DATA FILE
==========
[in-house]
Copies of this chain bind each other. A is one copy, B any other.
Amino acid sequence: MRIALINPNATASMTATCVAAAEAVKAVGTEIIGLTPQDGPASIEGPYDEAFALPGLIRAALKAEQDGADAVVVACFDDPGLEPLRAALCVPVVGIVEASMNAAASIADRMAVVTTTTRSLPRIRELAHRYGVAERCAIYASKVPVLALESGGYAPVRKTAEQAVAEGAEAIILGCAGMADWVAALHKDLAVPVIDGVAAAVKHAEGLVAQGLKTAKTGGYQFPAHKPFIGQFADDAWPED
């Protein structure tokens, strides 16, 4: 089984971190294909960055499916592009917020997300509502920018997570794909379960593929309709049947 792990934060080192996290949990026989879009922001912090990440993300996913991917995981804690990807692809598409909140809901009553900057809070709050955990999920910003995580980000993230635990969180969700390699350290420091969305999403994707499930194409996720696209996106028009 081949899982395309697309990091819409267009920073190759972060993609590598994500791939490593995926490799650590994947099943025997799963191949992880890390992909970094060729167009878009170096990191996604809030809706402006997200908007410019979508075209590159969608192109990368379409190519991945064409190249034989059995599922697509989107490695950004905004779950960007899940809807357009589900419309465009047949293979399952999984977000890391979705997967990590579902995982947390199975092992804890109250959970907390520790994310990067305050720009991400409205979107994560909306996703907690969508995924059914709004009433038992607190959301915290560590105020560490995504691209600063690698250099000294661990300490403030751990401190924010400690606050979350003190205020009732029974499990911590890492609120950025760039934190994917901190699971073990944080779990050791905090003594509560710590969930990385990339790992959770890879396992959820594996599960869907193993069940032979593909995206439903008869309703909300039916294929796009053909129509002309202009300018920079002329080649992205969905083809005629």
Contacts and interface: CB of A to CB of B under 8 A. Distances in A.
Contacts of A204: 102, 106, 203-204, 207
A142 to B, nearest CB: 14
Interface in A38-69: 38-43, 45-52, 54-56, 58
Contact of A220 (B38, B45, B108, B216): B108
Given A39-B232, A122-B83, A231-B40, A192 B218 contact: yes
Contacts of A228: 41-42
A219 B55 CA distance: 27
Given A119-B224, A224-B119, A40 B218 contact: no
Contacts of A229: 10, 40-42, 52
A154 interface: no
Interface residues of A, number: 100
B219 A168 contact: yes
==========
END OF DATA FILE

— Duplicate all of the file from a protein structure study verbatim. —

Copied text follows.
[in-house]
Copies of this chain bind each other. A is one copy, B any other.
Amino acid sequence: MRIALINPNATASMTATCVAAAEAVKAVGTEIIGLTPQDGPASIEGPYDEAFALPGLIRAALKAEQDGADAVVVACFDDPGLEPLRAALCVPVVGIVEASMNAAASIADRMAVVTTTTRSLPRIRELAHRYGVAERCAIYASKVPVLALESGGYAPVRKTAEQAVAEGAEAIILGCAGMADWVAALHKDLAVPVIDGVAAAVKHAEGLVAQGLKTAKTGGYQFPAHKPFIGQFADDAWPED
């Protein structure tokens, strides 16, 4: 089984971190294909960055499916592009917020997300509502920018997570794909379960593929309709049947 792990934060080192996290949990026989879009922001912090990440993300996913991917995981804690990807692809598409909140809901009553900057809070709050955990999920910003995580980000993230635990969180969700390699350290420091969305999403994707499930194409996720696209996106028009 081949899982395309697309990091819409267009920073190759972060993609590598994500791939490593995926490799650590994947099943025997799963191949992880890390992909970094060729167009878009170096990191996604809030809706402006997200908007410019979508075209590159969608192109990368379409190519991945064409190249034989059995599922697509989107490695950004905004779950960007899940809807357009589900419309465009047949293979399952999984977000890391979705997967990590579902995982947390199975092992804890109250959970907390520790994310990067305050720009991400409205979107994560909306996703907690969508995924059914709004009433038992607190959301915290560590105020560490995504691209600063690698250099000294661990300490403030751990401190924010400690606050979350003190205020009732029974499990911590890492609120950025760039934190994917901190699971073990944080779990050791905090003594509560710590969930990385990339790992959770890879396992959820594996599960869907193993069940032979593909995206439903008869309703909300039916294929796009053909129509002309202009300018920079002329080649992205969905083809005629």
Contacts and interface: CB of A to CB of B under 8 A. Distances in A.
Contacts of A204: 102, 106, 203-204, 207
A142 to B, nearest CB: 14
Interface in A38-69: 38-43, 45-52, 54-56, 58
Contact of A220 (B38, B45, B108, B216): B108
Given A39-B232, A122-B83, A231-B40, A192 B218 contact: yes
Contacts of A228: 41-42
A219 B55 CA distance: 27
Given A119-B224, A224-B119, A40 B218 contact: no
Contacts of A229: 10, 40-42, 52
A154 interface: no
Interface residues of A, number: 100
B219 A168 contact: yes